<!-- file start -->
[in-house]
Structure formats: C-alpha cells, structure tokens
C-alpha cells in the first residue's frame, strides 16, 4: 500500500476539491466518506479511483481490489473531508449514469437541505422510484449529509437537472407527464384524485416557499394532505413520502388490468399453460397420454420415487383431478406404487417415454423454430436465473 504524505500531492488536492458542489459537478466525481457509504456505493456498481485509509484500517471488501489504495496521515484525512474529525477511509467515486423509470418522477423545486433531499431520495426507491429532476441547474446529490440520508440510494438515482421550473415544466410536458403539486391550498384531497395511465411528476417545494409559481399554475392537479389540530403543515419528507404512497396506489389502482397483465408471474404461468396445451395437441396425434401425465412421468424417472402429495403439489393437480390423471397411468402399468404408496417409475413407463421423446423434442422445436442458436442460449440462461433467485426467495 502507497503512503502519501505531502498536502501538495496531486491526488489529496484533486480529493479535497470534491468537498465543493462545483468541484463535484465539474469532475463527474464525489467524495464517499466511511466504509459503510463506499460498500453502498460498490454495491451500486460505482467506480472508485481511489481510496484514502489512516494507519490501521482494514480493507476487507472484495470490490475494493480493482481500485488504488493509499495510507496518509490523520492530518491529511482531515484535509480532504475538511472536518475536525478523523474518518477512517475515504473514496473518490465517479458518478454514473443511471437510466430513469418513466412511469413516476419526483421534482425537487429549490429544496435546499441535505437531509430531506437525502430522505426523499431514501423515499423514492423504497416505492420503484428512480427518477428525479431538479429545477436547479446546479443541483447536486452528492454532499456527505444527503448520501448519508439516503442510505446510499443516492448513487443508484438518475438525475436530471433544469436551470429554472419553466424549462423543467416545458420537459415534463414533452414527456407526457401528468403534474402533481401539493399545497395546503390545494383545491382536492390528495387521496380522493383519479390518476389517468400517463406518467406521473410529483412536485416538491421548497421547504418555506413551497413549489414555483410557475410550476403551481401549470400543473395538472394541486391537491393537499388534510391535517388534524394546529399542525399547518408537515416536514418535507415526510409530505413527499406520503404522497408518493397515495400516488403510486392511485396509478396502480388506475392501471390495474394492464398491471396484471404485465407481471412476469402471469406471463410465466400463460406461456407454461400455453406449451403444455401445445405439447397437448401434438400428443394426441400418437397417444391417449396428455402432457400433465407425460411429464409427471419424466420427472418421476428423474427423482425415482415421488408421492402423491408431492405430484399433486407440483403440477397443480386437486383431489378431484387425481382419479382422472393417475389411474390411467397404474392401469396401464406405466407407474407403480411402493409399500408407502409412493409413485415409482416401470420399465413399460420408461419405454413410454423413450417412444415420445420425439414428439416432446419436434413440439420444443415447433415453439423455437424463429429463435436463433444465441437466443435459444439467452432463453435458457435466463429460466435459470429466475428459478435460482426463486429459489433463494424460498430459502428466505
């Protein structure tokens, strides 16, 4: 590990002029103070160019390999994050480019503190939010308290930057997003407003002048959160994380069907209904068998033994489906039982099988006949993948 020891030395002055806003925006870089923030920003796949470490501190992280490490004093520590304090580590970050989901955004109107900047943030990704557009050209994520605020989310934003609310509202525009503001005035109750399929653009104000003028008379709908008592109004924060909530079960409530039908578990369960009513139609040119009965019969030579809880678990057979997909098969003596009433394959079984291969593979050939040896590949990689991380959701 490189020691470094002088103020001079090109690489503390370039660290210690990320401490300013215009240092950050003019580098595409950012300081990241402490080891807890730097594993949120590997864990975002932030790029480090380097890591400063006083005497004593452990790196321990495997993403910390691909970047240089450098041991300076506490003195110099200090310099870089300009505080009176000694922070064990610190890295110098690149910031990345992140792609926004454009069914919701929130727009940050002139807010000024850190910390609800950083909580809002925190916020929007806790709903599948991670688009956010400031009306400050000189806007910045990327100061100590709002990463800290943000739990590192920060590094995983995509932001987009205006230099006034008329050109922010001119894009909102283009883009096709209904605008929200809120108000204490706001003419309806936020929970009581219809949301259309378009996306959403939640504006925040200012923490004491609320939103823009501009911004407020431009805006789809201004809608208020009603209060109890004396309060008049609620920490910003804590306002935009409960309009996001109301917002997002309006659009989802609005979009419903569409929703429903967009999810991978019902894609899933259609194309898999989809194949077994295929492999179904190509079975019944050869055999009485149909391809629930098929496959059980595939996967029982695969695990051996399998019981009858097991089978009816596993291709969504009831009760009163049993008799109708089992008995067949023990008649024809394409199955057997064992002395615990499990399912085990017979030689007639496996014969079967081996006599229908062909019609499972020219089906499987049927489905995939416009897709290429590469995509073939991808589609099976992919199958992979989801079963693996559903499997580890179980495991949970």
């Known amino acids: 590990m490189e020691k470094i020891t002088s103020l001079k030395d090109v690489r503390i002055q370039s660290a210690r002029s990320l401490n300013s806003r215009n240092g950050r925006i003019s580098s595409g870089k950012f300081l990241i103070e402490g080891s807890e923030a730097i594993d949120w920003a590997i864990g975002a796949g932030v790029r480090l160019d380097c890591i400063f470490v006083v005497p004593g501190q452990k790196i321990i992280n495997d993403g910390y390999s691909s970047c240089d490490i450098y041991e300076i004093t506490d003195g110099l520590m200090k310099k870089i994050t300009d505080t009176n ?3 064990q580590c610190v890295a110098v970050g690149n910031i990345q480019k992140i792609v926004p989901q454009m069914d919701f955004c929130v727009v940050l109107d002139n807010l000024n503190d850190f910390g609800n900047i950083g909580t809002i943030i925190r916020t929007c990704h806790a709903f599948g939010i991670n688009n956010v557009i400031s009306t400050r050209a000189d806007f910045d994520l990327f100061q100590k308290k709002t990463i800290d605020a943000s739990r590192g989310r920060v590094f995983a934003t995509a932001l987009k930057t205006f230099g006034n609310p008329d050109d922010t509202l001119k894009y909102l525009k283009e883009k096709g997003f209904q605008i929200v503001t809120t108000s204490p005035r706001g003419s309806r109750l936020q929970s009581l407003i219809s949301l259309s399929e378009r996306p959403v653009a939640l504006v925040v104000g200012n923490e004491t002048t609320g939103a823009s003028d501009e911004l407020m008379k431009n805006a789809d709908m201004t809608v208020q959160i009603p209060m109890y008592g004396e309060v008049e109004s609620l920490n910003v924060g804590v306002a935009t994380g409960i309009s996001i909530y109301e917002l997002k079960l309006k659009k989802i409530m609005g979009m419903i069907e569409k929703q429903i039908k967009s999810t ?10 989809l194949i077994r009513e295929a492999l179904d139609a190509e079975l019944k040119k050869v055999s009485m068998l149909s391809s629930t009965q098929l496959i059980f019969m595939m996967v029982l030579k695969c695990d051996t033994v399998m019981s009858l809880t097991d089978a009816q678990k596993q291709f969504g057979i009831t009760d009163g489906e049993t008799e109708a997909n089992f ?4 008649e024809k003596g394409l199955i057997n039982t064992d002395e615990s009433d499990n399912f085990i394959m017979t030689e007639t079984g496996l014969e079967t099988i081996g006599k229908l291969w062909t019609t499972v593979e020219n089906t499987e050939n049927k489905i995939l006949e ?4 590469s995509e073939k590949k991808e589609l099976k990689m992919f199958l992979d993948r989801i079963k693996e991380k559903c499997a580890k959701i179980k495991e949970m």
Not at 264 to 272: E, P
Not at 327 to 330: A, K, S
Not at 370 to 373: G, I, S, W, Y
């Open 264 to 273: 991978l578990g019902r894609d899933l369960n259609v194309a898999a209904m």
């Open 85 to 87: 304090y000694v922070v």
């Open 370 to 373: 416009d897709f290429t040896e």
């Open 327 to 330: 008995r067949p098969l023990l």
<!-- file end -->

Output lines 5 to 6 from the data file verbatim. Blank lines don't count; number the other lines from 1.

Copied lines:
């Known amino acids: 590990m490189e020691k470094i020891t002088s103020l001079k030395d090109v690489r503390i002055q370039s660290a210690r002029s990320l401490n300013s806003r215009n240092g950050r925006i003019s580098s595409g870089k950012f300081l990241i103070e402490g080891s807890e923030a730097i594993d949120w920003a590997i864990g975002a796949g932030v790029r480090l160019d380097c890591i400063f470490v006083v005497p004593g501190q452990k790196i321990i992280n495997d993403g910390y390999s691909s970047c240089d490490i450098y041991e300076i004093t506490d003195g110099l520590m200090k310099k870089i994050t300009d505080t009176n ?3 064990q580590c610190v890295a110098v970050g690149n910031i990345q480019k992140i792609v926004p989901q454009m069914d919701f955004c929130v727009v940050l109107d002139n807010l000024n503190d850190f910390g609800n900047i950083g909580t809002i943030i925190r916020t929007c990704h806790a709903f599948g939010i991670n688009n956010v557009i400031s009306t400050r050209a000189d806007f910045d994520l990327f100061q100590k308290k709002t990463i800290d605020a943000s739990r590192g989310r920060v590094f995983a934003t995509a932001l987009k930057t205006f230099g006034n609310p008329d050109d922010t509202l001119k894009y909102l525009k283009e883009k096709g997003f209904q605008i929200v503001t809120t108000s204490p005035r706001g003419s309806r109750l936020q929970s009581l407003i219809s949301l259309s399929e378009r996306p959403v653009a939640l504006v925040v104000g200012n923490e004491t002048t609320g939103a823009s003028d501009e911004l407020m008379k431009n805006a789809d709908m201004t809608v208020q959160i009603p209060m109890y008592g004396e309060v008049e109004s609620l920490n910003v924060g804590v306002a935009t994380g409960i309009s996001i909530y109301e917002l997002k079960l309006k659009k989802i409530m609005g979009m419903i069907e569409k929703q429903i039908k967009s999810t ?10 989809l194949i077994r009513e295929a492999l179904d139609a190509e079975l019944k040119k050869v055999s009485m068998l149909s391809s629930t009965q098929l496959i059980f019969m595939m996967v029982l030579k695969c695990d051996t033994v399998m019981s009858l809880t097991d089978a009816q678990k596993q291709f969504g057979i009831t009760d009163g489906e049993t008799e109708a997909n089992f ?4 008649e024809k003596g394409l199955i057997n039982t064992d002395e615990s009433d499990n399912f085990i394959m017979t030689e007639t079984g496996l014969e079967t099988i081996g006599k229908l291969w062909t019609t499972v593979e020219n089906t499987e050939n049927k489905i995939l006949e ?4 590469s995509e073939k590949k991808e589609l099976k990689m992919f199958l992979d993948r989801i079963k693996e991380k559903c499997a580890k959701i179980k495991e949970m």
Not at 264 to 272: E, P